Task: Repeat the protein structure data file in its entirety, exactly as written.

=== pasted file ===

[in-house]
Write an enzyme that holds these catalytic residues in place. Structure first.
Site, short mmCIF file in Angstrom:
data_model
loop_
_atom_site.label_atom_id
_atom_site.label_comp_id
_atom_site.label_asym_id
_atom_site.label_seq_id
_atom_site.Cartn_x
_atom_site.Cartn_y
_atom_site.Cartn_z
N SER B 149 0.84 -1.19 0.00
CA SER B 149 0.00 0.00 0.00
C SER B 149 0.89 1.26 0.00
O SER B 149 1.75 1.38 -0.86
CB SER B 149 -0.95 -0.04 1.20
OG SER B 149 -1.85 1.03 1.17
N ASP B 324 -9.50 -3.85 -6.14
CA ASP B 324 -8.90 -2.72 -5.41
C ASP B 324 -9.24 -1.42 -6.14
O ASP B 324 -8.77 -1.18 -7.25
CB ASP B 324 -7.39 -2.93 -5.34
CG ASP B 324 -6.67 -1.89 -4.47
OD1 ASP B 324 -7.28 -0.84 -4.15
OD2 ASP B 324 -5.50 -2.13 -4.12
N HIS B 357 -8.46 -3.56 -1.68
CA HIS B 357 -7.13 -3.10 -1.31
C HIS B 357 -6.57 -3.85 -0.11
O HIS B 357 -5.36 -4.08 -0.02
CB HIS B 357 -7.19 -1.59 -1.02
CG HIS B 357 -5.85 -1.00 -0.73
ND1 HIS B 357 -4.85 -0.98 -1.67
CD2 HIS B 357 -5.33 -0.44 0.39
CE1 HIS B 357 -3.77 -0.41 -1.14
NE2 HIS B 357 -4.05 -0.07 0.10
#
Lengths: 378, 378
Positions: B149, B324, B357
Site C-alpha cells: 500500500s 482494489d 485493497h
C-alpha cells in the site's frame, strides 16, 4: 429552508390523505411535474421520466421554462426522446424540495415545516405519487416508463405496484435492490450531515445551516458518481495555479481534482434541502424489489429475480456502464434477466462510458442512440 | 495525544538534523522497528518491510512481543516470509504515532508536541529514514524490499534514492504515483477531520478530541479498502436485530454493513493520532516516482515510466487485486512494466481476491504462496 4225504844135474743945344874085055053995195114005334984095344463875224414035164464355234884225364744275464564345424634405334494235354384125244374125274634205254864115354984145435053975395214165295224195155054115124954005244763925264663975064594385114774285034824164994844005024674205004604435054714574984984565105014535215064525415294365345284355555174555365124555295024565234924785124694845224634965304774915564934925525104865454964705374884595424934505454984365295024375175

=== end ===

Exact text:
[in-house]
Write an enzyme that holds these catalytic residues in place. Structure first.
Site, short mmCIF file in Angstrom:
data_model
loop_
_atom_site.label_atom_id
_atom_site.label_comp_id
_atom_site.label_asym_id
_atom_site.label_seq_id
_atom_site.Cartn_x
_atom_site.Cartn_y
_atom_site.Cartn_z
N SER B 149 0.84 -1.19 0.00
CA SER B 149 0.00 0.00 0.00
C SER B 149 0.89 1.26 0.00
O SER B 149 1.75 1.38 -0.86
CB SER B 149 -0.95 -0.04 1.20
OG SER B 149 -1.85 1.03 1.17
N ASP B 324 -9.50 -3.85 -6.14
CA ASP B 324 -8.90 -2.72 -5.41
C ASP B 324 -9.24 -1.42 -6.14
O ASP B 324 -8.77 -1.18 -7.25
CB ASP B 324 -7.39 -2.93 -5.34
CG ASP B 324 -6.67 -1.89 -4.47
OD1 ASP B 324 -7.28 -0.84 -4.15
OD2 ASP B 324 -5.50 -2.13 -4.12
N HIS B 357 -8.46 -3.56 -1.68
CA HIS B 357 -7.13 -3.10 -1.31
C HIS B 357 -6.57 -3.85 -0.11
O HIS B 357 -5.36 -4.08 -0.02
CB HIS B 357 -7.19 -1.59 -1.02
CG HIS B 357 -5.85 -1.00 -0.73
ND1 HIS B 357 -4.85 -0.98 -1.67
CD2 HIS B 357 -5.33 -0.44 0.39
CE1 HIS B 357 -3.77 -0.41 -1.14
NE2 HIS B 357 -4.05 -0.07 0.10
#
Lengths: 378, 378
Positions: B149, B324, B357
Site C-alpha cells: 500500500s 482494489d 485493497h
C-alpha cells in the site's frame, strides 16, 4: 429552508390523505411535474421520466421554462426522446424540495415545516405519487416508463405496484435492490450531515445551516458518481495555479481534482434541502424489489429475480456502464434477466462510458442512440 | 495525544538534523522497528518491510512481543516470509504515532508536541529514514524490499534514492504515483477531520478530541479498502436485530454493513493520532516516482515510466487485486512494466481476491504462496 4225504844135474743945344874085055053995195114005334984095344463875224414035164464355234884225364744275464564345424634405334494235354384125244374125274634205254864115354984145435053975395214165295224195155054115124954005244763925264663975064594385114774285034824164994844005024674205004604435054714574984984565105014535215064525415294365345284355555174555365124555295024565234924785124694845224634965304774915564934925525104865454964705374884595424934505454984365295024375175